I have had thus far a typical morning. I got up around 7:14 AM. I made myself a bowl of oatmeal for breakfast. I drank coffee made last night. I ate my small bowl of oatmeal messing with our main computer. After messing with our main computer I walked to our dining room and wrote in my paper diary and read for morning devotions a volume titled, "Psalms 1-72" Old Testament VII Reformation Commentary On Scripture Edited By Herman J. Selderhuis.
Carol got home from work around 8:33 AM and went to bed around 9:10 AM. When my wife comes home I put aside everything I am doing and listen to her tell me about her night at work. My wife is constantly talking to me. Carol and I have been talking to each other going on 37 years. I am always interested in my wife's world. I find Carol's world peaceful compared to mine. I am a raging volcano inside. I am constantly in motion inside. "Be anxious for nothing, but in everything by prayer and supplication, with thanksgiving, let your requests be made known to God; and the peace of God, which surpasses all understanding, will guard your hearts and minds through Christ Jesus" Phil. 4:6,7.
I made a video this morning for my YouTube channel. Now I am writing in my online diaries. I have no plans for the day. I am not in the mood to go anywhere today even though it is sunny and warm. It would be a good day to take photos of the last of the autumn colors.
I got out of my library this morning a book that came to me when I was reading Psalm 2 this morning. The book is titled, "The Lord Of History: Reflections on the Inner Meaning of History" by Jean Danielou, S.J. I will now quote from this book because it is sheds light on Psalm 2.
"The passage of Jehovah through the universe of his creation is thus likened to a storm of such ferocity as to confound the very elements themselves. But he goes through human history too, like a victorious army overturning empires: 'There stood he, and scanned the earth; at his look, the nations were adread. . . I saw the Ethiop quail in his tent, the dwelling of Madian astir with terror.' Jehovah is the Lord of history, as he is the Lord of creation. In Deuteronomy, we are told that he 'divided the nations apart' [Deut. 32:8] that he made them the instruments of his purpose, to punish his own people for their sins [Deut. 32:21]; and that he afterwards broke and discarded them: 'Should the victors boast it was their own power, not mine, that he had won the day?' [Deut. 32:27]. The Prayer of Habacuc exhibits the execution of this verdict upon the nations. There is no other chosen race but the people of God, the new Israel; all the nations are guilty. So God's judgement upon the nations is not by way of punishing one and rewarding another: all nations alike are subject to his judgement, and must acknowledge their nothingness and their incompetence to plead against him. . .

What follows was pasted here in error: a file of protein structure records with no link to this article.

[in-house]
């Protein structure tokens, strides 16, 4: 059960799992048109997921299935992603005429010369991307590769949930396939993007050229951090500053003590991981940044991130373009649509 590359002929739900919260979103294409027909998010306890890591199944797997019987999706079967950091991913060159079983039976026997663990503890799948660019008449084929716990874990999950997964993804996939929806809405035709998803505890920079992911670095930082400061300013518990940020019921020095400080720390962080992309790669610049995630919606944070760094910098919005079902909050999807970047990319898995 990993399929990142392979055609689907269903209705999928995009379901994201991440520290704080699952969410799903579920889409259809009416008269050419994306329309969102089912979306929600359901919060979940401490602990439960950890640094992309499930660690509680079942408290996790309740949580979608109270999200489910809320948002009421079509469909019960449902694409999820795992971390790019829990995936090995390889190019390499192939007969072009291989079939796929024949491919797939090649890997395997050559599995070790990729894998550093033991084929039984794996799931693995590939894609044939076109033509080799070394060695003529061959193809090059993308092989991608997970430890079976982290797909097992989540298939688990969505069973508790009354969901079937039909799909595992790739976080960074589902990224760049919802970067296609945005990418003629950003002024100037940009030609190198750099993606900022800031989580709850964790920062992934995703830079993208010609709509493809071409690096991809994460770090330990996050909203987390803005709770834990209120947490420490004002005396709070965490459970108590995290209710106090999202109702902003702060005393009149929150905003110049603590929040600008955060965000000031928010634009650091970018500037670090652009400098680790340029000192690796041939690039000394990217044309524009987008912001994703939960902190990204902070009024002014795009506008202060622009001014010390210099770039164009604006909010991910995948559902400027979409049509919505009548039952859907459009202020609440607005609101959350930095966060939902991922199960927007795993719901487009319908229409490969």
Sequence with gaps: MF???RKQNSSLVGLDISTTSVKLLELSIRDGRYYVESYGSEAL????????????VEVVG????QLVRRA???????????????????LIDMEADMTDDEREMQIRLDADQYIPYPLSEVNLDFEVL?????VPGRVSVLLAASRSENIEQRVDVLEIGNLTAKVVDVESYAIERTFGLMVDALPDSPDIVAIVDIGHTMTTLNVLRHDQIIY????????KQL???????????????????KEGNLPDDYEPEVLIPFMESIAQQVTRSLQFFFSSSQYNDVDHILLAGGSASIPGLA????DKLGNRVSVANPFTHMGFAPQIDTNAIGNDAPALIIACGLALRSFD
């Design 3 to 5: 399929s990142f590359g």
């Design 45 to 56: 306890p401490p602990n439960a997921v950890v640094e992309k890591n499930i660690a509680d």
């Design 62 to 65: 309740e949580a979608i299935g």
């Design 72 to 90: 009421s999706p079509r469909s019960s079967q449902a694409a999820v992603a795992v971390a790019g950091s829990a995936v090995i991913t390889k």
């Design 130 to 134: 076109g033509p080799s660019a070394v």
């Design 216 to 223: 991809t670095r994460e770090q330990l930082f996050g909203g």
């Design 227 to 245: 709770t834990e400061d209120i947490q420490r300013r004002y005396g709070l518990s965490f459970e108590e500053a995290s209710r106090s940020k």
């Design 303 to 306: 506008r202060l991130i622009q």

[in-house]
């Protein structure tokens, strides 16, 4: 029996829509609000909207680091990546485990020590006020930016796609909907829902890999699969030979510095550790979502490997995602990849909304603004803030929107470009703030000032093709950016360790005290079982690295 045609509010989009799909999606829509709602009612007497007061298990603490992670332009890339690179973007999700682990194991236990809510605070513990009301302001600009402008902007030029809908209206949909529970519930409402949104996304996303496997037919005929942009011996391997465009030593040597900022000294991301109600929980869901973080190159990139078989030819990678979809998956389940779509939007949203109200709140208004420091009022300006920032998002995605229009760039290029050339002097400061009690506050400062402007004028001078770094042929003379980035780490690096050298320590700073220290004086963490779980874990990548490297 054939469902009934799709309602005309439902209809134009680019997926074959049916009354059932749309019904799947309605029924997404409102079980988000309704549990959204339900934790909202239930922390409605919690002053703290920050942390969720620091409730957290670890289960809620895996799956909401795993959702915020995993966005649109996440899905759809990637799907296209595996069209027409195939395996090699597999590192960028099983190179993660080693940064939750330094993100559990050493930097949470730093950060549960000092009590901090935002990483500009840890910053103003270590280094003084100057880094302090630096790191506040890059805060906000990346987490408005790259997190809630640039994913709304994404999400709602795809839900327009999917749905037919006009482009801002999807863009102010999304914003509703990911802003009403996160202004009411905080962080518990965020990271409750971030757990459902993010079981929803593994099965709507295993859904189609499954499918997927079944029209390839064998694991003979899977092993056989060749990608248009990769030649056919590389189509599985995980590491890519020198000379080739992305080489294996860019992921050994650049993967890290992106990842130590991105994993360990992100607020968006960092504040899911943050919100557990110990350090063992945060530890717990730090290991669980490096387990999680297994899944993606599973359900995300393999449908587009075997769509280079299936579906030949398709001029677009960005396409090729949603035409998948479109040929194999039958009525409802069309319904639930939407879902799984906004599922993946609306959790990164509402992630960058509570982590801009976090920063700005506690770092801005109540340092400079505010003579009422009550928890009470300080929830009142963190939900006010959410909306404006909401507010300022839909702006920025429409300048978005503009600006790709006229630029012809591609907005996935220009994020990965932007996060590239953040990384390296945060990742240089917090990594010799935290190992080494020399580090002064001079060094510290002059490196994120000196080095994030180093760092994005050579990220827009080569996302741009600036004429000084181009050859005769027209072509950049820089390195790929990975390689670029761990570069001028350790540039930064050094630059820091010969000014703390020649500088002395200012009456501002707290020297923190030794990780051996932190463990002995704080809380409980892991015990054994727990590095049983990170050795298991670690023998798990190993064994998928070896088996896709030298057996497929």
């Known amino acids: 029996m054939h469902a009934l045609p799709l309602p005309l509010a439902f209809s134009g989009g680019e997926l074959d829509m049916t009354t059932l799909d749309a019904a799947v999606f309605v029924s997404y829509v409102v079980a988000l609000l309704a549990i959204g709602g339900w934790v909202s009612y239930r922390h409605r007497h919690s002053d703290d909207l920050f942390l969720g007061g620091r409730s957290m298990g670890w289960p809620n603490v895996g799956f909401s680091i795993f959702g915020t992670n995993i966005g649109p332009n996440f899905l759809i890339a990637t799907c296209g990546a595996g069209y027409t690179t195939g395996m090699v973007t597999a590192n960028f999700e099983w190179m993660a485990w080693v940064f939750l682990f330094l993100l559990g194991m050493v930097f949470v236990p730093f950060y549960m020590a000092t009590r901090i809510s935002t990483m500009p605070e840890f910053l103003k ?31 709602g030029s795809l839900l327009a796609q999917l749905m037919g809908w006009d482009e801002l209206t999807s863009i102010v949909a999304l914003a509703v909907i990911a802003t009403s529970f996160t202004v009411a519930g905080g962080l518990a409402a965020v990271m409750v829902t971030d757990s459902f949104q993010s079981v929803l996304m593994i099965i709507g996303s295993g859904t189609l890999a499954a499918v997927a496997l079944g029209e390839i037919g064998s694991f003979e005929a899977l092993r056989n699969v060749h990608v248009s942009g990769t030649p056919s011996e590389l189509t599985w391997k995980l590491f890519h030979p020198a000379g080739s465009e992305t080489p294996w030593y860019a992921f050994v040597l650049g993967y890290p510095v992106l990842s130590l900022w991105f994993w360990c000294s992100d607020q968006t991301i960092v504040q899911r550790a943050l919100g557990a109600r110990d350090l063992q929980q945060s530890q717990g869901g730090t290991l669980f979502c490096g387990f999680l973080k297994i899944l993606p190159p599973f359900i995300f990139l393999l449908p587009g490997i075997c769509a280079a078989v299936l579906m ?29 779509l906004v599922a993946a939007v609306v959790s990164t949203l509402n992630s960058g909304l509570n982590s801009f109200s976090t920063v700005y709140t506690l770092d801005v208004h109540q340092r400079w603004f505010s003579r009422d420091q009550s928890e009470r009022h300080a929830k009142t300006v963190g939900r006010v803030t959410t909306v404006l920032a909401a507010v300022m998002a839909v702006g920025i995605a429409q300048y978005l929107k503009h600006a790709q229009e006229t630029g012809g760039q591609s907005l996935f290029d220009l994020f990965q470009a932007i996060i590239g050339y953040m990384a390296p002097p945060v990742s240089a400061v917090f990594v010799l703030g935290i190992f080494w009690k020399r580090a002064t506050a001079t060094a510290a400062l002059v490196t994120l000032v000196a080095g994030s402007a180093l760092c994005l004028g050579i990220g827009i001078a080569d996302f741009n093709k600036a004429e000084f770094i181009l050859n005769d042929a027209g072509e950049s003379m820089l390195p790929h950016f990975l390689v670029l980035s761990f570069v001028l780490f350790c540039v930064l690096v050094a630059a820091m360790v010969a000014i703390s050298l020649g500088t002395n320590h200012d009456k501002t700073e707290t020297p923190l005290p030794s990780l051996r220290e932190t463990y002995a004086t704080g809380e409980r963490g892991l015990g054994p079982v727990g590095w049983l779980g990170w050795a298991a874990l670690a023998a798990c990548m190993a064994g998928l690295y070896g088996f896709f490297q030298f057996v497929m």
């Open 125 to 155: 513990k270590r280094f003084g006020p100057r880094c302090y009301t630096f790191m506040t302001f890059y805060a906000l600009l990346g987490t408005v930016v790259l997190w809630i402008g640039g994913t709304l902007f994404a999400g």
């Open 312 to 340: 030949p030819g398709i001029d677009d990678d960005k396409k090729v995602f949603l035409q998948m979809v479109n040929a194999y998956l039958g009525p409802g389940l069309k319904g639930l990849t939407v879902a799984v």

But if historical afflictions are not to be regarded as the punishment due to sin, how are they to be explained? Must it follow that we are the chance victims of tyrannical caprice? The question is fraught with anguish for too many sorrowful hearts to be lightly put off: we must get to the bottom of it. We must accept all the evidence, admit that the ills of this world are distributed at haphazard, without rhyme or reason: we must acknowledge that suffering humanity is engaged in a meaningless farce, and than attitude of revolt is the most fitting response a man can make to such a situation. We must allow all this to be a fair presentation of the case according to the principles of human justice. But if the world is subject to another and a better jurisdiction, that will be a different story.
Great catastrophes, whether in the order of nature or of history, have just this very purpose-a fierce call to order, because men are prone to self-sufficiency, and unmindful of their creaturely estate. Historical disasters are a visitation of the Almighty, to strip mankind of vanity and utterly confound his self-possession, like the coming of Habacuc's army on the march, bring pestilence and death. 'Such was the tale set my whole frame trembling, at the rumour of it my lips quivered with fear; there was a faintness overcame my whole being, my steps faltered as I went' [Hab. 3:16].
When these things happen, the world is struck dumb. Men retire within themselves, silently, for there is a religious quality in the terror that is inspired by such immense catastrophes as the downfall of a might empire. They are as it were cracks in the protective covering of our little private world; light shines in from outside. They are like an open wound in the heart of our human existence. The self-sufficiency of man is rudely shaken, and himself violently thrown back upon the stark tragedy of real life-which he is always trying to forget; always taking any excuse not to think about, though it is all that really matters to him; always finding ways not to see, though this overhanging shadow of death contains his only hope of escape out of captivity. God comes then to awake mankind out of sleep, like the warning bell ringing for judgement. The disasters of human history are a call to repent while there is yet time." pg. 160-162 THE LORD OF HISTORY